.

.

Wednesday, February 15, 2017

Scaly, dry skin on your eyelids? It could be eczema

I have eczema on my eyelids. What strength hydrocortisone cream should I be using? Should I be concerned about using it so close to my eyes?


Hydrocortisone is a topical steroid cream that helps with dermatitises like eczema, which is a skin inflammation. Steroids are anti-inflammatory thus helping to reduce the redness and swelling from dermatitises (and any inflammation),

Prescription steroid creams are always going to be stronger than OTC brands. That’s why they are prescribed by a doctor. In the over the counter variety, you usually have the choice of .05% and 1.0% topical cortisone creams. Prescription are usually around 2.5%.

You definitely don’t want to get this or any cream in your eyes. And unfortunately, eczema commonly manifests on the upper eyelids and under and around the eyes. So you must use extreme caution if you are going to use a medicated cream around your eyes.

During the day you wouldn’t want to put anything on your eyelids. Due to the fold in the eyelid skin, the chances of the cream migrating into your eye is pretty high. At night you could use the cream or ointment sparingly to help treat the upper eyelid area. If using prescription strength, consult with your doctor to get his or her professional advice. No matter where you purchased the cream, strictly follow the instructions on the cortisone product label.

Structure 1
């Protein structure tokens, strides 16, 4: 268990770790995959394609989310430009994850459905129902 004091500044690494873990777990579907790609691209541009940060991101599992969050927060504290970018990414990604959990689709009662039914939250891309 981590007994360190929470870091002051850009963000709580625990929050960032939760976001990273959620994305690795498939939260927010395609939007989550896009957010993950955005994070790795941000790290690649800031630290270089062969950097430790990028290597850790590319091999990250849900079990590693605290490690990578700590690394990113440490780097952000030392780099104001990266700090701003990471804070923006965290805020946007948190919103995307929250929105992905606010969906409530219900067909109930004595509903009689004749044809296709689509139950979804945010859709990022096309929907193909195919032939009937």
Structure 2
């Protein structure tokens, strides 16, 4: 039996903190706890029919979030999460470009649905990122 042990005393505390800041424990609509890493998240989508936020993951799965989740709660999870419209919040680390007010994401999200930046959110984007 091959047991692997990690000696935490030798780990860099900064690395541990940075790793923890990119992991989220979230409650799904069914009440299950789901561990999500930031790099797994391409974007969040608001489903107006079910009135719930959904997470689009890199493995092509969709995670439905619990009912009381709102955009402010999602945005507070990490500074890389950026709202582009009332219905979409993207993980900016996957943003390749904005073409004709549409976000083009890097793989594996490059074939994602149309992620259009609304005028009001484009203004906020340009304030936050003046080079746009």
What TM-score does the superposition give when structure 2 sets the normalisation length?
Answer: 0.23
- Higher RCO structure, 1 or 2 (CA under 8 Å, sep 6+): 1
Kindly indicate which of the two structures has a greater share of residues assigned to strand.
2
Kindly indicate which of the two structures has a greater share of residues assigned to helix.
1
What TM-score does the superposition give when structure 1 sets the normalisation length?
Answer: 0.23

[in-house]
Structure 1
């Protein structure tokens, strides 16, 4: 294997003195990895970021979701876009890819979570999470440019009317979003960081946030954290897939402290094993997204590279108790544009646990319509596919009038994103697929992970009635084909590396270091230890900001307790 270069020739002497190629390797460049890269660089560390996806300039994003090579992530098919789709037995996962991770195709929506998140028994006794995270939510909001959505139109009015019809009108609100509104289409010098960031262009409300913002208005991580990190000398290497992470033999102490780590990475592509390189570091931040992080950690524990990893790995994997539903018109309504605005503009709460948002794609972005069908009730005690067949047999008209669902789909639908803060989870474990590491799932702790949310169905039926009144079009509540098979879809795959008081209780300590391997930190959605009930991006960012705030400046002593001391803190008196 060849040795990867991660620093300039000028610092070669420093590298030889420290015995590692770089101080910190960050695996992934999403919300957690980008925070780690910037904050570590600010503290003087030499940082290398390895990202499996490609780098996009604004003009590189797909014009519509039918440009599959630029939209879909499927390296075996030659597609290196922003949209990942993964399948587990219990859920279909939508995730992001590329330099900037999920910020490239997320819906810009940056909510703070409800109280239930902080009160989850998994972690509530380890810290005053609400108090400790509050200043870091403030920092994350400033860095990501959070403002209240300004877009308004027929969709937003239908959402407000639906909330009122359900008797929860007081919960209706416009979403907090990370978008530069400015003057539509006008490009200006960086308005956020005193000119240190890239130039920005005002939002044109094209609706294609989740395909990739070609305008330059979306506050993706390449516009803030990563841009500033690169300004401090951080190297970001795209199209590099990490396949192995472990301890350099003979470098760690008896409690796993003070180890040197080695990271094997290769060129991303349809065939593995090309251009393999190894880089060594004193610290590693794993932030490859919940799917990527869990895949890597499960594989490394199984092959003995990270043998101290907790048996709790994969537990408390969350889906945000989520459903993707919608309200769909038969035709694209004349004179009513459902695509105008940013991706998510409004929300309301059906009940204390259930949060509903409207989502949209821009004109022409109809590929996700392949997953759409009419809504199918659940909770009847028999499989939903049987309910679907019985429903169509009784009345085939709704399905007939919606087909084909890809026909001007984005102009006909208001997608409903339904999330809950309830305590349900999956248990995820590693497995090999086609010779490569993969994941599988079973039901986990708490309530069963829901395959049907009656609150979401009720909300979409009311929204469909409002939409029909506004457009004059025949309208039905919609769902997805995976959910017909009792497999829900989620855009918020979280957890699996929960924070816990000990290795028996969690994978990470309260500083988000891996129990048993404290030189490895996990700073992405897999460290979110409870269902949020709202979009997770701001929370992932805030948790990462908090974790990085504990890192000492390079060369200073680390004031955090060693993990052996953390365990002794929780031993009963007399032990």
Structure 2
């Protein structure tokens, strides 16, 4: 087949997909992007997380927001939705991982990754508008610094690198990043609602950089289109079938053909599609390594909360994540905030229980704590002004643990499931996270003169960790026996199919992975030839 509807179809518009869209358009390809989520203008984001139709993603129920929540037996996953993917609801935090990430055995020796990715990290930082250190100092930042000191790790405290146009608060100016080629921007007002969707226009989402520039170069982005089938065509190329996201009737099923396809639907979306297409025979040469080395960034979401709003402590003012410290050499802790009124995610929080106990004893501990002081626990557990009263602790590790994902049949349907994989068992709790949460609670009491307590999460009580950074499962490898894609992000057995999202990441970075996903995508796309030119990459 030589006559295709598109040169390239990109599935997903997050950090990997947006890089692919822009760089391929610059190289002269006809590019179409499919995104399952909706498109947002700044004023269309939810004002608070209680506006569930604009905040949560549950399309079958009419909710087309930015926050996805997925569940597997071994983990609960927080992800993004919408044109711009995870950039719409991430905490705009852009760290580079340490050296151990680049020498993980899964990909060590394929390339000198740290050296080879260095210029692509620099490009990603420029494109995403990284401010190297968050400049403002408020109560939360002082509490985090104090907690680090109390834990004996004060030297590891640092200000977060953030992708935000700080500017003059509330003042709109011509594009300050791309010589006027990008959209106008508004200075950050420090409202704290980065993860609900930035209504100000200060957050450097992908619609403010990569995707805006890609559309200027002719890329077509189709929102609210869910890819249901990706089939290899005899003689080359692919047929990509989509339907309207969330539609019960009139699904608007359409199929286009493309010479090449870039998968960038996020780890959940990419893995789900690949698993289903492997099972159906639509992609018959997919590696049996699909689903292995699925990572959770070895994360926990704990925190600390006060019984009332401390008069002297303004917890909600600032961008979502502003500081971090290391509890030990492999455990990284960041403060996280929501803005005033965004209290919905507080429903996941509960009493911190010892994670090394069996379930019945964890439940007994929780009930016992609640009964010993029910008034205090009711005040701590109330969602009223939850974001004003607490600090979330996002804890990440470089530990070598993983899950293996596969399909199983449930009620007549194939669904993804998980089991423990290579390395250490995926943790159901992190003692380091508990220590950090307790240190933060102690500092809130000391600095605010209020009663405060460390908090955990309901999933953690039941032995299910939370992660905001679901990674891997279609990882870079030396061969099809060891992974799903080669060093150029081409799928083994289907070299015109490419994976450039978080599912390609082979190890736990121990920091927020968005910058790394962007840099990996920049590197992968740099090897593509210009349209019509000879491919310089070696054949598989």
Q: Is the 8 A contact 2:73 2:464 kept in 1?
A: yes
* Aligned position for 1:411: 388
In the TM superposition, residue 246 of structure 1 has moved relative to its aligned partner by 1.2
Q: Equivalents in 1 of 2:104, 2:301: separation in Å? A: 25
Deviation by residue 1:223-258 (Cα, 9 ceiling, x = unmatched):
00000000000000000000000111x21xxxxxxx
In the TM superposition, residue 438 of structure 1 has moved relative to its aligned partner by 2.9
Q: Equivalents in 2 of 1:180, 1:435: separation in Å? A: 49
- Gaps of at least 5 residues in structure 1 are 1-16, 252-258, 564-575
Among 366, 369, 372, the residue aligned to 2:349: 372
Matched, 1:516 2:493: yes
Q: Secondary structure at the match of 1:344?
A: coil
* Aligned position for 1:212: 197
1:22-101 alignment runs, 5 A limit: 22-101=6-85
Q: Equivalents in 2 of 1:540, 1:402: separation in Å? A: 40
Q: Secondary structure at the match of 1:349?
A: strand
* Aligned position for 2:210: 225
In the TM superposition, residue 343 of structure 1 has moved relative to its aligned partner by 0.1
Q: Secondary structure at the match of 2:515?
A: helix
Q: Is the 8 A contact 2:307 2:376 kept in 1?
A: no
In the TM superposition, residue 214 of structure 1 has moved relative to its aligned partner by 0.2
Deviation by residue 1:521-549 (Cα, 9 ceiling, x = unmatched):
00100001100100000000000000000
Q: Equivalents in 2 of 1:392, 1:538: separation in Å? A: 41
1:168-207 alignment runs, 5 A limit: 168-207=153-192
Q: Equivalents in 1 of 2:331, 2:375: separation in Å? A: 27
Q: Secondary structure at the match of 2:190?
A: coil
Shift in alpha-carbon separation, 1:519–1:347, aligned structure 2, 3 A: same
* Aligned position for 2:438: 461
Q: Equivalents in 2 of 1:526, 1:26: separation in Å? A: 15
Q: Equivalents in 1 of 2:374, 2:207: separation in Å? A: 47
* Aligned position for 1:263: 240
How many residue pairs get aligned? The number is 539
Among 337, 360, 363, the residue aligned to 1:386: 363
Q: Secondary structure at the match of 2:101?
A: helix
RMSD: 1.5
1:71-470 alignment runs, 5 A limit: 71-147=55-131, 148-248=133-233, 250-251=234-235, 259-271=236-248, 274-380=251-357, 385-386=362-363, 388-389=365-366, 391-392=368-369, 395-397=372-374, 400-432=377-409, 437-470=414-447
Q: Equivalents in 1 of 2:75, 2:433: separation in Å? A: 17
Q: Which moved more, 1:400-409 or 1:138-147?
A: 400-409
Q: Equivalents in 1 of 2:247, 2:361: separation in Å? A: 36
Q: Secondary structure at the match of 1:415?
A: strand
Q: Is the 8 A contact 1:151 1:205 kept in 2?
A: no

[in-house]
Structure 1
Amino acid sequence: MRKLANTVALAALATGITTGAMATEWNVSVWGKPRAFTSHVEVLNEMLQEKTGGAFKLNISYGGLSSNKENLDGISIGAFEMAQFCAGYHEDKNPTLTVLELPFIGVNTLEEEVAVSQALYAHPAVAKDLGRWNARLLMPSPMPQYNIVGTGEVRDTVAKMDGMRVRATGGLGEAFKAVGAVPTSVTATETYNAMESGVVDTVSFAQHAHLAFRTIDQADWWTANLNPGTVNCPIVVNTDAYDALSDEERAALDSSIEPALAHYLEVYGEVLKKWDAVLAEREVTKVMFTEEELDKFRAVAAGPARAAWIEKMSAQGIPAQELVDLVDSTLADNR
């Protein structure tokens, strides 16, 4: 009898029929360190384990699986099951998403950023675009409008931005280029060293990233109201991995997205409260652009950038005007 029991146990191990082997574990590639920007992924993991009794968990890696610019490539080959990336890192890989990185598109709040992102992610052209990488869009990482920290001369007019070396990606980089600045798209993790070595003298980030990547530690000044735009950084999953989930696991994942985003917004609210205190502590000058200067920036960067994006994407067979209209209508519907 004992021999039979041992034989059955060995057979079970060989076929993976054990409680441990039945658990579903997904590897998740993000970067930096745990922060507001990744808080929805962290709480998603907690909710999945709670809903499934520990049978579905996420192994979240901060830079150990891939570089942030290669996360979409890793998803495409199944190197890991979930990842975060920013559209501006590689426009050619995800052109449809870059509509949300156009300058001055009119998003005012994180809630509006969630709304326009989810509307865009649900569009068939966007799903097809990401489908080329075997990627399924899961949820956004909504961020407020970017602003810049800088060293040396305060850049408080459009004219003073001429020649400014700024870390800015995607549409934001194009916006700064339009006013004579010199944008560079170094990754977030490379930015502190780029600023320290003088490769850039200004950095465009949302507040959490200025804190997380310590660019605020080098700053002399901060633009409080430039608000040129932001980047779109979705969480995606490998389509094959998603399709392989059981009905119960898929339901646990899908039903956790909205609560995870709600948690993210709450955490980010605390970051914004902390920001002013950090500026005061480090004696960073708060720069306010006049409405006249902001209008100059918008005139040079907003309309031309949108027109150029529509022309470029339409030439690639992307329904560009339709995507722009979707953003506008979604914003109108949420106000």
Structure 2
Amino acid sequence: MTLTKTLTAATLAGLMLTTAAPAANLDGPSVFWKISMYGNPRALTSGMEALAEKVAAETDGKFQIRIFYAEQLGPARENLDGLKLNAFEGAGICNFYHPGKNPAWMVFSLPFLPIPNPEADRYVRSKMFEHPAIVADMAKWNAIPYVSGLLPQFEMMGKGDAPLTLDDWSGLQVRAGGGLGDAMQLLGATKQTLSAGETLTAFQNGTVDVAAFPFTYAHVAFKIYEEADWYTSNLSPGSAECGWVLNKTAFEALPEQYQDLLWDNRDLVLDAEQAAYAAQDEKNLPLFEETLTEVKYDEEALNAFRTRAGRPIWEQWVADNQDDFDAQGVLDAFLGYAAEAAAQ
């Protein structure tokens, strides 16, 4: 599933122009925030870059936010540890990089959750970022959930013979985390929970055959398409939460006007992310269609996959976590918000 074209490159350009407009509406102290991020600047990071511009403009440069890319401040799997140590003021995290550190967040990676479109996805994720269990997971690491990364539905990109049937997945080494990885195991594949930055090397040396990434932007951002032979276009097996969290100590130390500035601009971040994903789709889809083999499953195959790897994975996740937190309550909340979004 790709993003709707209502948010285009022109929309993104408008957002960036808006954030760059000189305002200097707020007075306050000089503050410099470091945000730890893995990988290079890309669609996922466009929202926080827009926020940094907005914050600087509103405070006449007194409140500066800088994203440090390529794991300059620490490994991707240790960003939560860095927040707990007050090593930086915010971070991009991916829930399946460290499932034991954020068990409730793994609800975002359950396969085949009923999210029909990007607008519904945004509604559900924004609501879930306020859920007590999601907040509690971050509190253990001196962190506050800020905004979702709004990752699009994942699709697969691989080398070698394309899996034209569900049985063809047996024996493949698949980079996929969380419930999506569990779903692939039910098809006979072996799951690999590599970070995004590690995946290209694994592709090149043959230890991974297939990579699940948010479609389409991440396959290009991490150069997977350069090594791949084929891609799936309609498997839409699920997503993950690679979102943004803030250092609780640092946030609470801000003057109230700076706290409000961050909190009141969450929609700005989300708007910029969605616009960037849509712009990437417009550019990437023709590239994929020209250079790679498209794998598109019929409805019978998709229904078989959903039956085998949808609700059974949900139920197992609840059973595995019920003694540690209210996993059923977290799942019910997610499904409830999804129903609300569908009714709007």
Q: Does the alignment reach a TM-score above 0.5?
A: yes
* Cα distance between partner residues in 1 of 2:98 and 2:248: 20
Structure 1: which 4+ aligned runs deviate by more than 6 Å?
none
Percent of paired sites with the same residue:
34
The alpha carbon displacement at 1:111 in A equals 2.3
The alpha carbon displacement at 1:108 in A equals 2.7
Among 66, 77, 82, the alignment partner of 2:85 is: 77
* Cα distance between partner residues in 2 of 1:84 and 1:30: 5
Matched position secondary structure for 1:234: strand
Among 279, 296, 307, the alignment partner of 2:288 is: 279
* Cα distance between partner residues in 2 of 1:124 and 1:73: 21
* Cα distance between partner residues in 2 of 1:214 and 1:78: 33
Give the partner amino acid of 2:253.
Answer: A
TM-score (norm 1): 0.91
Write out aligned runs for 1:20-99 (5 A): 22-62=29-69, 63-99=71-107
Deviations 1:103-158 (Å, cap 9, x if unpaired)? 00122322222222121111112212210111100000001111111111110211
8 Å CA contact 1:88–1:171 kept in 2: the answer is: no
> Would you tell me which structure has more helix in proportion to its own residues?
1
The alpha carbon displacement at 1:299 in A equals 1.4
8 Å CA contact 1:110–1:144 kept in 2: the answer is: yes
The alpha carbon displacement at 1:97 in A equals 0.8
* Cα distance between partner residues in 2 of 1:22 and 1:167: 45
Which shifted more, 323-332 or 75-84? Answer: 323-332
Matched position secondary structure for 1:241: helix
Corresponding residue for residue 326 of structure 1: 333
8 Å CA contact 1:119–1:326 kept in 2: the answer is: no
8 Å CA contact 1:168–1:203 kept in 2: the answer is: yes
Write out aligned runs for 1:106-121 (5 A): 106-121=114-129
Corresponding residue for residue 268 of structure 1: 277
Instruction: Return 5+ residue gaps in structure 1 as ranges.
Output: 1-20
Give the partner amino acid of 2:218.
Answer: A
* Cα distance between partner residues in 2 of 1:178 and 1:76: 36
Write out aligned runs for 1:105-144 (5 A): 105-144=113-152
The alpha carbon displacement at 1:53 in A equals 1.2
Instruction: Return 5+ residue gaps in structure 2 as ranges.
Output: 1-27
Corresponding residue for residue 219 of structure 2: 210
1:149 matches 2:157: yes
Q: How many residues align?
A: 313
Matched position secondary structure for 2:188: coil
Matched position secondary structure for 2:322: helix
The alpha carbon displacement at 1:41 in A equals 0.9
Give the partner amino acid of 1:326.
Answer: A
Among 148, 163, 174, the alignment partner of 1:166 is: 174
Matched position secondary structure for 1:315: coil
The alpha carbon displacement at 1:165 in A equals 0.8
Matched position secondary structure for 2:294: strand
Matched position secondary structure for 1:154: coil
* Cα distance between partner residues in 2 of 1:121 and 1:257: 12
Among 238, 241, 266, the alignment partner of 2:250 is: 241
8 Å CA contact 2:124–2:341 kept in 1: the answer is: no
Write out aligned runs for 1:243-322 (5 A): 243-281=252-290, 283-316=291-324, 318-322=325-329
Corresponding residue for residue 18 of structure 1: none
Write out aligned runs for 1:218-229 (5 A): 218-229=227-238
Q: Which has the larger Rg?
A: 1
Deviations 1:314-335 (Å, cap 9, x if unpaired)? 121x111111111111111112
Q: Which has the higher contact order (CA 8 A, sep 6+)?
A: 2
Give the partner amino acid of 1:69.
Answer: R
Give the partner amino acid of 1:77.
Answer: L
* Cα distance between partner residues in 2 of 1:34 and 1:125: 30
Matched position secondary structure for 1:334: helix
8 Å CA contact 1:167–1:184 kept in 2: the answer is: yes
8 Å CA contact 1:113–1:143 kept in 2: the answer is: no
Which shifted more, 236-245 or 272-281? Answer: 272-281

FYI: both of these photographs show extreme cases of eczema around the eye area. In my practice I see eczema quite often. And many times it is just a small piece of skin that is affected. Sometimes my client isn't even aware she is developing eczema; other times clients are fully aware.

If using a topical cortisone cream on the skin irritation doesn’t seem to be doing the trick, I highly recommend going to see your dermatologist. And while you’re there, have a full-body mole check!

For more information, see: